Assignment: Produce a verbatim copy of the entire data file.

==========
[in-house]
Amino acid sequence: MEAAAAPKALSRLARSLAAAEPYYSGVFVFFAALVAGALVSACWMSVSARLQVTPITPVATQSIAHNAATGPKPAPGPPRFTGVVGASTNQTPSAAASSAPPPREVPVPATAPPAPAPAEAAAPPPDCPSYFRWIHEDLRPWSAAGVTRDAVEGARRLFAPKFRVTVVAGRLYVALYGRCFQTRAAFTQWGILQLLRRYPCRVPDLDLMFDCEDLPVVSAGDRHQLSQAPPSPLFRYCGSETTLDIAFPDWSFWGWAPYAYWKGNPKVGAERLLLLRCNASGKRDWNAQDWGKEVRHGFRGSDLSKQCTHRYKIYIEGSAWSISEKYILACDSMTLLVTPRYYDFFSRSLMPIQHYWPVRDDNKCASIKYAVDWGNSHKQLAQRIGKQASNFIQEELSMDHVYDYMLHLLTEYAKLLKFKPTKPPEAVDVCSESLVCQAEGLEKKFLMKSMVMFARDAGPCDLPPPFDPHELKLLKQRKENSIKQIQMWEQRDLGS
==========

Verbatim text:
[in-house]
Amino acid sequence: MEAAAAPKALSRLARSLAAAEPYYSGVFVFFAALVAGALVSACWMSVSARLQVTPITPVATQSIAHNAATGPKPAPGPPRFTGVVGASTNQTPSAAASSAPPPREVPVPATAPPAPAPAEAAAPPPDCPSYFRWIHEDLRPWSAAGVTRDAVEGARRLFAPKFRVTVVAGRLYVALYGRCFQTRAAFTQWGILQLLRRYPCRVPDLDLMFDCEDLPVVSAGDRHQLSQAPPSPLFRYCGSETTLDIAFPDWSFWGWAPYAYWKGNPKVGAERLLLLRCNASGKRDWNAQDWGKEVRHGFRGSDLSKQCTHRYKIYIEGSAWSISEKYILACDSMTLLVTPRYYDFFSRSLMPIQHYWPVRDDNKCASIKYAVDWGNSHKQLAQRIGKQASNFIQEELSMDHVYDYMLHLLTEYAKLLKFKPTKPPEAVDVCSESLVCQAEGLEKKFLMKSMVMFARDAGPCDLPPPFDPHELKLLKQRKENSIKQIQMWEQRDLGS